“They’re just saying oh there’s a spare property there, we’ll use that.

“They’ve got to stop that and have got to put a pause to it.

“Why don’t they hire cruise ships that aren’t being used?

During 2022, figures from the Ministry of Defence show that 45,756 made small boat crossings from France to England - the highest total since the data was first collected in 2018.

In December Prime Minister Rishi Sunak announced a range of measures intended to tackle the issue. The High Court also ruled that the government’s intention to deport people seeking asylum in the UK to Rwanda was lawful.

Haltemprice and Howden Conservative MP for the area of Cottingham, David Davis, told GB News that asylum seekers need to be stopped before they get to Britain.

“The real answer is not to look for other places to put them [asylum seekers], the real answer is to stop the flow.

“If it carries on growing as it has, we could be talking about 1,000 a week. That means finding a new Lawns [University of Hull accommodation] every week somewhere in the country.

“Well that’s just not going to happen. It’s really just a policy sticking plaster – the trouble was from Cottingham’s point of view, although it be a temporary sticking plaster for the government, it would be a permanent issue for Cottingham.”

In a statement sent to GB News, the University of Hull set out that it will not sell or rent The Lawns and Ferens Hall property to the Home Office or to any other purchaser who advises that their intention is to use the site for accommodation for the Home Office.

A spokesman said: “We would like to reassure everyone that the University will not sell or rent The Lawns and Ferens Hall property to the Home Office or to any other organisation who advises that their intention is to use the site for accommodation for the Home Office. This decision has been taken and we will not go back on our commitment.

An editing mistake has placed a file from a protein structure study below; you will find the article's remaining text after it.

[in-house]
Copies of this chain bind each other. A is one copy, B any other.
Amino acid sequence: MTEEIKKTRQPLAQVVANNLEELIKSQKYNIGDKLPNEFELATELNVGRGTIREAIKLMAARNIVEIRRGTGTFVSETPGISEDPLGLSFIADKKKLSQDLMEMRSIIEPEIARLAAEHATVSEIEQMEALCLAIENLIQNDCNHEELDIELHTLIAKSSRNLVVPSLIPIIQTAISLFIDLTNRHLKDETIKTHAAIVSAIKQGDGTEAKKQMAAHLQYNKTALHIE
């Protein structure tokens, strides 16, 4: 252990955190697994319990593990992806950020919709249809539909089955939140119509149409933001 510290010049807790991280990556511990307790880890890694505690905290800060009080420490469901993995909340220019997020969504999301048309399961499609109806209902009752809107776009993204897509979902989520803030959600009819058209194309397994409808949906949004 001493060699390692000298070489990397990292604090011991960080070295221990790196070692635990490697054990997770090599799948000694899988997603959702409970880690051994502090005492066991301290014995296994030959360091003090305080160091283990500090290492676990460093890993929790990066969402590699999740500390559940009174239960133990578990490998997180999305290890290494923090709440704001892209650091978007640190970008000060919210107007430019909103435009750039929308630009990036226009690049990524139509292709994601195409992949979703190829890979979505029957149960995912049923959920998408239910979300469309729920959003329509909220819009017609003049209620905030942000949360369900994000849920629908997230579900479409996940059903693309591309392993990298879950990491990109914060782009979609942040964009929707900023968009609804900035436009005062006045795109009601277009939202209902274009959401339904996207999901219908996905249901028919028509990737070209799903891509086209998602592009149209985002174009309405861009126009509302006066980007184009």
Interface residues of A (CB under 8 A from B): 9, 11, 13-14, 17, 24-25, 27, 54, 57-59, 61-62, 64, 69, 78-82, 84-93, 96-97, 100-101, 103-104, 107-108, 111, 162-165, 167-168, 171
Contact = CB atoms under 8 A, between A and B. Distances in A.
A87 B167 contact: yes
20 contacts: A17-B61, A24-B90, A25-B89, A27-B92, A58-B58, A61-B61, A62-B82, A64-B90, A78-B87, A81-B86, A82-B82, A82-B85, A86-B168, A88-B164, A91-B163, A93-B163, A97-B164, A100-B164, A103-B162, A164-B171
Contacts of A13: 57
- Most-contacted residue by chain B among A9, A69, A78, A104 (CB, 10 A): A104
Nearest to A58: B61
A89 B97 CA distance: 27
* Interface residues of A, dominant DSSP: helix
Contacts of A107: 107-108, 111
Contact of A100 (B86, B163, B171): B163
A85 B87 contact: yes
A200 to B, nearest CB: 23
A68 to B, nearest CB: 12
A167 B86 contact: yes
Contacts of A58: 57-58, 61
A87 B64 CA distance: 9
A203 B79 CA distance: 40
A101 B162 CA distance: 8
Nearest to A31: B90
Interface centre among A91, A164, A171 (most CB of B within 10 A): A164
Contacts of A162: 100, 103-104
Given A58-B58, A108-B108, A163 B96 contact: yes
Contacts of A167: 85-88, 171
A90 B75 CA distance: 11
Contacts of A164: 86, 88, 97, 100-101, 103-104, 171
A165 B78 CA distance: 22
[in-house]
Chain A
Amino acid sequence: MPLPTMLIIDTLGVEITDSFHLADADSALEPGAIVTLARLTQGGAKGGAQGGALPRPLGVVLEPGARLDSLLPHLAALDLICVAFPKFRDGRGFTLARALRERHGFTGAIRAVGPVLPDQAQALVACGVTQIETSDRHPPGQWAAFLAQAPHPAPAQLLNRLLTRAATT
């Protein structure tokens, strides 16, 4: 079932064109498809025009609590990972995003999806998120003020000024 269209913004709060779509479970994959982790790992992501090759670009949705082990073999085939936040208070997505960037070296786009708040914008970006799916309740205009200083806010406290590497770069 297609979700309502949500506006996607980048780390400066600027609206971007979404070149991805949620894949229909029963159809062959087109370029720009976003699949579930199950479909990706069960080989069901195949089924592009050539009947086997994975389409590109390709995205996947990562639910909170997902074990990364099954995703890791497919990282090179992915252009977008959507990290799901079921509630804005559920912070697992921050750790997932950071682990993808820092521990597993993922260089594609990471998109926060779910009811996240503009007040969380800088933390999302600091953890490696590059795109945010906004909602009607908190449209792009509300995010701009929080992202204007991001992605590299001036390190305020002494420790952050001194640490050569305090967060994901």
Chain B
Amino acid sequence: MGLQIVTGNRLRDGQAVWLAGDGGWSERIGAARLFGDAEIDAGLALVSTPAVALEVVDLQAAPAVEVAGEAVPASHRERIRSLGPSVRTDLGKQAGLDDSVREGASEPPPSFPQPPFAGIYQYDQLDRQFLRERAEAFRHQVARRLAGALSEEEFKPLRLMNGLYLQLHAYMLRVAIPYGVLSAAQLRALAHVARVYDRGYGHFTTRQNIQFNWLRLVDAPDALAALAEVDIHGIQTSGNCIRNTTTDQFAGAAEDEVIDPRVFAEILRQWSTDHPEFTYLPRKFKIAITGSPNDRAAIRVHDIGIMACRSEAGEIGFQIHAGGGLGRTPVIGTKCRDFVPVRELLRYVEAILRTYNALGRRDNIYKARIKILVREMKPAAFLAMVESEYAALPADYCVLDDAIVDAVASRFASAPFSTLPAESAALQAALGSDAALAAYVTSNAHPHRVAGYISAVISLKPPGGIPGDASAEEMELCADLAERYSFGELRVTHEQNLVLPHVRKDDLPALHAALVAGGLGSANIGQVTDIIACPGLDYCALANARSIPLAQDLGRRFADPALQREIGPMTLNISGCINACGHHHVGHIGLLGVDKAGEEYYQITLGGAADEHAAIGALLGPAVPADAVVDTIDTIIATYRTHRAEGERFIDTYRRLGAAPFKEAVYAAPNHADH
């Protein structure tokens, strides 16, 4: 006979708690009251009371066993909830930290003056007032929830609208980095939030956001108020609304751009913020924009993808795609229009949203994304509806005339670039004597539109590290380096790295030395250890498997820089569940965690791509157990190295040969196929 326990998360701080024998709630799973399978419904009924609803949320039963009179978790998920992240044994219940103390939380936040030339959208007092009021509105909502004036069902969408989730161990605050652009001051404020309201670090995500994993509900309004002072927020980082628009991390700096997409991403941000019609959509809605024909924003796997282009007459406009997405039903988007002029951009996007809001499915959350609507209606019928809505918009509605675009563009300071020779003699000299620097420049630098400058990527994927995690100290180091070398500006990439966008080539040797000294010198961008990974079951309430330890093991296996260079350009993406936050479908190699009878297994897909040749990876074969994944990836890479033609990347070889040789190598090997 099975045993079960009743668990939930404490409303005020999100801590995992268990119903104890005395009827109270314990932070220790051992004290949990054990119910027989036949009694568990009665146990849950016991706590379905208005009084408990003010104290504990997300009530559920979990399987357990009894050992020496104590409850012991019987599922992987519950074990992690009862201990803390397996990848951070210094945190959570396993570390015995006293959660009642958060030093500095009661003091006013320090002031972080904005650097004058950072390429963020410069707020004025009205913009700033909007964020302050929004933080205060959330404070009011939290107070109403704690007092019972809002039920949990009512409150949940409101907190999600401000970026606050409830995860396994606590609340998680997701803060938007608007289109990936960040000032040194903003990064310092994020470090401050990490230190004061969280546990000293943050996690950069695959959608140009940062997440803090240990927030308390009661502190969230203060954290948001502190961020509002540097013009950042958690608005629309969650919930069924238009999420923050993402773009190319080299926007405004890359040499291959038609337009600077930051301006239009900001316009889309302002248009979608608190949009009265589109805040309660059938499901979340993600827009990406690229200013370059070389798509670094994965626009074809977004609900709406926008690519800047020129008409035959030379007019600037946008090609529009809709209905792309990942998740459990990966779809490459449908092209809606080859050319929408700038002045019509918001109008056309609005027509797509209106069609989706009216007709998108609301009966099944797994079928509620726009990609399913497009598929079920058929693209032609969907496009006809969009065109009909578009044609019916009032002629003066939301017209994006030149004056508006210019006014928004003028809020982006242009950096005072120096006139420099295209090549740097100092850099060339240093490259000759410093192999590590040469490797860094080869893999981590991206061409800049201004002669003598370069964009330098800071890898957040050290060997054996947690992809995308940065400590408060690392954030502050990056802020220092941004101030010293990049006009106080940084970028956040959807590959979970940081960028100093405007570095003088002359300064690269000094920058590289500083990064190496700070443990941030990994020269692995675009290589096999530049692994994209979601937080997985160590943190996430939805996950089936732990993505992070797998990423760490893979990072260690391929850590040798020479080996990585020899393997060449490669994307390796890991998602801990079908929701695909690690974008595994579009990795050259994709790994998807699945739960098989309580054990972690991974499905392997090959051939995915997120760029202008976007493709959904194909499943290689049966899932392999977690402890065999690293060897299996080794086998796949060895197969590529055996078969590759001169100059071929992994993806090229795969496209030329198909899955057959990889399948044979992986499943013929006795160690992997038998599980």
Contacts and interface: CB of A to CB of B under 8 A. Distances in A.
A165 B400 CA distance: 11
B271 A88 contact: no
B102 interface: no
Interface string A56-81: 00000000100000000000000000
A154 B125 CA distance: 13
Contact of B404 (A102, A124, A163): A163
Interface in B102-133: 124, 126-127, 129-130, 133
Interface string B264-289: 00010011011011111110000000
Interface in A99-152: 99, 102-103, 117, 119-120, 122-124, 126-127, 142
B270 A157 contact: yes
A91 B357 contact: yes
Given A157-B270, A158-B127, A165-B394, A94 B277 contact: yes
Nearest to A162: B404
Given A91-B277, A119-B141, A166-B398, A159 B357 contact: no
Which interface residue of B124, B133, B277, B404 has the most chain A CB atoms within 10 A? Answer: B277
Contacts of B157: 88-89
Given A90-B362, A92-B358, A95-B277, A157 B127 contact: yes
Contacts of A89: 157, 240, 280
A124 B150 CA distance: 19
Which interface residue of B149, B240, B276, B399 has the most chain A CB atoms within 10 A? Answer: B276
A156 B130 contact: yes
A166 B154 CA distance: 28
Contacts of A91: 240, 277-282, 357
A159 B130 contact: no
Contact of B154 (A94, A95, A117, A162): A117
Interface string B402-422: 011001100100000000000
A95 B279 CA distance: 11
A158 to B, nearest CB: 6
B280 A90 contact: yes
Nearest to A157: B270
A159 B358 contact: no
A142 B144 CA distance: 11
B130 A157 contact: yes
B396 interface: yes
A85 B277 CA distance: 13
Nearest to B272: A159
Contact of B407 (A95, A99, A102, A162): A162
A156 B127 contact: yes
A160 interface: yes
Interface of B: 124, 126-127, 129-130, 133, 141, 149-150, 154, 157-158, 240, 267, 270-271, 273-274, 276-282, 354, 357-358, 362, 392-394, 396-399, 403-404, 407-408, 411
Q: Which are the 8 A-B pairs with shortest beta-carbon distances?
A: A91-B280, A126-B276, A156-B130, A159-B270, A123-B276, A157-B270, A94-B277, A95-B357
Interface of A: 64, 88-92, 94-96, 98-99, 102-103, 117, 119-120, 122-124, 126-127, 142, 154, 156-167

“We have listened closely to the feedback from the community and, following constructive conversations with members of the community, regional MPs, the Police, the NHS, local authorities and other key stakeholders, we have taken this decision based on the concerns which have been raised.

“While the University still intends to sell the land, we will continue to engage with key stakeholders in the region to determine a financially viable alternative for The Lawns and Ferens Hall that reflects the communities’ priorities.

The Home Office agree that the The Lawns and Ferens Hall sites in Cottingham are not suitable for this purpose, as it also today confirmed that it will not be taking forward any proposals to procure the Lawns and Ferens Hall for accommodation.

A government spokesman said: “The number of people arriving in the UK who require accommodation has reached record levels due to the unacceptable rise in small boat arrivals and our commitment to accommodate those from Afghanistan.

“Every day the hotel bill for accommodating more than 45,500 asylum seekers and over 9,200 Afghans is £6.8 million, and the British public rightly expect that we reduce these costs as quickly as possible.

“We continue to look at all available options to source appropriate and cost-effective temporary accommodation.”